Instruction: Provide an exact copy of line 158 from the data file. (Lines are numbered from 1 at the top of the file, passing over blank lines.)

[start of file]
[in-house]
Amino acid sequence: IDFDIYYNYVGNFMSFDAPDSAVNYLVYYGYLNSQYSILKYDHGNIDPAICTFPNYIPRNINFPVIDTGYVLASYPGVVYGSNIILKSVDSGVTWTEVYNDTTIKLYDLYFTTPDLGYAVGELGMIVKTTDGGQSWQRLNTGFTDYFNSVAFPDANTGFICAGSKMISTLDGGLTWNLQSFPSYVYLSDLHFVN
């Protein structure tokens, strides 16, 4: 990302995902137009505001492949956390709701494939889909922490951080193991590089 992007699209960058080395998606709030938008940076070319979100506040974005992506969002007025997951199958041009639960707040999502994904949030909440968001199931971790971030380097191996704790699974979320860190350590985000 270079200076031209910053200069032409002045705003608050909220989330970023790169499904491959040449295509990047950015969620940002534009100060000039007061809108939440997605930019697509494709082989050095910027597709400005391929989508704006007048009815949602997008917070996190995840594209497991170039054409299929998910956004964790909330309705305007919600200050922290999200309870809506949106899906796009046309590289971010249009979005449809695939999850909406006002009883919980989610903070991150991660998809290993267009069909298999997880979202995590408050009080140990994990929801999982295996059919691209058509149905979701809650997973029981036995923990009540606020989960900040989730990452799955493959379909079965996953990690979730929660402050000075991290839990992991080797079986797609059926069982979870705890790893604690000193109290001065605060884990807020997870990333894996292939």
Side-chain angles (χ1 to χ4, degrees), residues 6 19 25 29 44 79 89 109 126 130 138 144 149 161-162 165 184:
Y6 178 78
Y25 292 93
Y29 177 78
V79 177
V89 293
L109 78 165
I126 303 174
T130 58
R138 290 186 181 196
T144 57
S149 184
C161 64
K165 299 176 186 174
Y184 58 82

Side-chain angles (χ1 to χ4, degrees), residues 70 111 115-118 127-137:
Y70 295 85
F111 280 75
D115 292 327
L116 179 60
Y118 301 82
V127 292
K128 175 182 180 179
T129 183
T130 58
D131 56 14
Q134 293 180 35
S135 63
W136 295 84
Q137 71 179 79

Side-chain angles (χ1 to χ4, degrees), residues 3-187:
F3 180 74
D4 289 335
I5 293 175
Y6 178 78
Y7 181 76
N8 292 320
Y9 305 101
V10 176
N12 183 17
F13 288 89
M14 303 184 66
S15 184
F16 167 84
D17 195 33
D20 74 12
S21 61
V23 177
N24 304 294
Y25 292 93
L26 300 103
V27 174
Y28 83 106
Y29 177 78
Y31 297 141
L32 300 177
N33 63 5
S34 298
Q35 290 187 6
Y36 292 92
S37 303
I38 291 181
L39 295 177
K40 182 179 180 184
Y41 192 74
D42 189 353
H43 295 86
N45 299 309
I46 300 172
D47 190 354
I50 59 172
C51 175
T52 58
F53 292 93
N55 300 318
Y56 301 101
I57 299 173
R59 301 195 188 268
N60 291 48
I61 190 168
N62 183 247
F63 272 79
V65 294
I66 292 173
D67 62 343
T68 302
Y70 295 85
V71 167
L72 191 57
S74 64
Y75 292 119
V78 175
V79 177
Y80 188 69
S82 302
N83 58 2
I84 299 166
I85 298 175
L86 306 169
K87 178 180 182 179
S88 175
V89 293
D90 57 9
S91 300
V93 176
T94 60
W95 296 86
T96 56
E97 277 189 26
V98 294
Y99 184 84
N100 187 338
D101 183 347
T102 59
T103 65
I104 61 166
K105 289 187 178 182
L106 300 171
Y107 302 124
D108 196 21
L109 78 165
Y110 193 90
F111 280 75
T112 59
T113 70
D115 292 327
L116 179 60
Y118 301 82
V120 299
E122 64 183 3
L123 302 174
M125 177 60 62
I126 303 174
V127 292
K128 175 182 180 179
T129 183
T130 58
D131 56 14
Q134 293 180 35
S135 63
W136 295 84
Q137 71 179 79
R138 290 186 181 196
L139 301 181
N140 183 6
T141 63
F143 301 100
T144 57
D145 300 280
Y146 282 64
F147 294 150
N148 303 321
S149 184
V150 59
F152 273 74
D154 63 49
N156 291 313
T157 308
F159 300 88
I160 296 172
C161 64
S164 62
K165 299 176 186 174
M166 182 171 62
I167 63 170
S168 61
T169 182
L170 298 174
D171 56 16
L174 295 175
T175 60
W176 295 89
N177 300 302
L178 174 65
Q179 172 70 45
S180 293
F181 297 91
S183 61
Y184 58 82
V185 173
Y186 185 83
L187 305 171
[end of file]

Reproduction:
F152 273 74